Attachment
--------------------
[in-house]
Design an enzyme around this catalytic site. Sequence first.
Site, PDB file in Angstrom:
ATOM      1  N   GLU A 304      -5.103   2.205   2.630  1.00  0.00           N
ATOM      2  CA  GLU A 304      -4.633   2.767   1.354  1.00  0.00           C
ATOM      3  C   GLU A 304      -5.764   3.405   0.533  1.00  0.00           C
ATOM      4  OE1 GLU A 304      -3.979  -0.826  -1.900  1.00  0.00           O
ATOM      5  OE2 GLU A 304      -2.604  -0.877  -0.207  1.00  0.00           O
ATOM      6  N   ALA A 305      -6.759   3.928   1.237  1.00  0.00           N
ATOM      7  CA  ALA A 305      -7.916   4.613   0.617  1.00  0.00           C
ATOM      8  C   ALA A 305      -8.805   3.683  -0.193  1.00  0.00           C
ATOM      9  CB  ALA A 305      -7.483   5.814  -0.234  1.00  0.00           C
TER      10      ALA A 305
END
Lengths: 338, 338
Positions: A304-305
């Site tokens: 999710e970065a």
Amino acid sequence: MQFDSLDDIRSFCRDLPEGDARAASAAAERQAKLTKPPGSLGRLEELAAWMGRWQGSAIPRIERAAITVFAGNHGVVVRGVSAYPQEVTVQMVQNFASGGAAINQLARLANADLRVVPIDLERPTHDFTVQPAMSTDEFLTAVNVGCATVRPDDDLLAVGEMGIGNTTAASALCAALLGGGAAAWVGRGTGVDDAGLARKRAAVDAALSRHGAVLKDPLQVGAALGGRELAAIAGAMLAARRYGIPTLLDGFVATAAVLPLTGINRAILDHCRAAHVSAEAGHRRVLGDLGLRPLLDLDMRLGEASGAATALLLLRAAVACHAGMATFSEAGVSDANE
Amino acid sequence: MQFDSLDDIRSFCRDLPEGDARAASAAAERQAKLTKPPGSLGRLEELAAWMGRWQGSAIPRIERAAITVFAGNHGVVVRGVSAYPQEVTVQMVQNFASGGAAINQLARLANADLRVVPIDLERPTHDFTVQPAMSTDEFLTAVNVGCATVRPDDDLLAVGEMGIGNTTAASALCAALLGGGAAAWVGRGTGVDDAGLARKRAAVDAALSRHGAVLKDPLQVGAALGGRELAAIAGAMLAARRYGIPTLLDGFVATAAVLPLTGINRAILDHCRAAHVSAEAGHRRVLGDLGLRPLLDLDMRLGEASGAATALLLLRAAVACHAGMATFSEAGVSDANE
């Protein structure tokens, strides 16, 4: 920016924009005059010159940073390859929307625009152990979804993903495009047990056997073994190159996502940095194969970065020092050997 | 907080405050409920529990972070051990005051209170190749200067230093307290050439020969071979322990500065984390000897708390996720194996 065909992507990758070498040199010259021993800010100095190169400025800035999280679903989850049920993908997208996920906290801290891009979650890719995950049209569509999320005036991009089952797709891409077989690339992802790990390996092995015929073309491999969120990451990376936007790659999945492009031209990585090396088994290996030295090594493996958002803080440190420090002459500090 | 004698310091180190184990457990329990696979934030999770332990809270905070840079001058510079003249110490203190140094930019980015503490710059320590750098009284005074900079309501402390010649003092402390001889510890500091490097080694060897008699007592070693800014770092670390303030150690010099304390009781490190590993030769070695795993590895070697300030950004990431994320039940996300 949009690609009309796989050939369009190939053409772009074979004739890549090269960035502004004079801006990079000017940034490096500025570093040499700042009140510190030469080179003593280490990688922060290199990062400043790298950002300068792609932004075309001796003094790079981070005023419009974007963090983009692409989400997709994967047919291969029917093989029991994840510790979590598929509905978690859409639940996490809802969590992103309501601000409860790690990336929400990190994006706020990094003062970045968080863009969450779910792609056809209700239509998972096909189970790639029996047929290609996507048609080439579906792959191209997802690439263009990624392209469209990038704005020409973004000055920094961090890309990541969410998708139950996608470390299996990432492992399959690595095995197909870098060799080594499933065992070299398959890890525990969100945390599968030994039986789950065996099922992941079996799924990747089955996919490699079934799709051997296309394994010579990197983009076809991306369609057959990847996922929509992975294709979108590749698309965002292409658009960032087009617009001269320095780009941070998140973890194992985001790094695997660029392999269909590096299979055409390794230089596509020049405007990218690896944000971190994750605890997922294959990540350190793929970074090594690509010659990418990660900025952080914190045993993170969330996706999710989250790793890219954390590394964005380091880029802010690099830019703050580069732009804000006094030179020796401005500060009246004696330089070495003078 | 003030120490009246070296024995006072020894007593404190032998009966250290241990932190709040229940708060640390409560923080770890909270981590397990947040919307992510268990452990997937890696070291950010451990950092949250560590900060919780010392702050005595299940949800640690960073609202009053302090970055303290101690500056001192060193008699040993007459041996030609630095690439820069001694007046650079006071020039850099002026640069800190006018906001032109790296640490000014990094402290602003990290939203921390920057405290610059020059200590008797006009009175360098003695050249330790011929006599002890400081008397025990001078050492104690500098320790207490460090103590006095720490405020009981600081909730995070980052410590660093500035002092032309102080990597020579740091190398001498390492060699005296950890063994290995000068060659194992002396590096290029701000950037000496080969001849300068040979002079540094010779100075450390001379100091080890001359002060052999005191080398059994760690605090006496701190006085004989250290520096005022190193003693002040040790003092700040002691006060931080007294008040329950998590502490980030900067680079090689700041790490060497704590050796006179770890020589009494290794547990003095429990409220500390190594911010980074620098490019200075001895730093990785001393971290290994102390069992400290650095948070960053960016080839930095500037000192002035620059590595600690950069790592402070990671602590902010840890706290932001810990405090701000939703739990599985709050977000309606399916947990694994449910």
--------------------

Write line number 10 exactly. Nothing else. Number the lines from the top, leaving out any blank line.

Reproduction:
ATOM      7  CA  ALA A 305      -7.916   4.613   0.617  1.00  0.00           C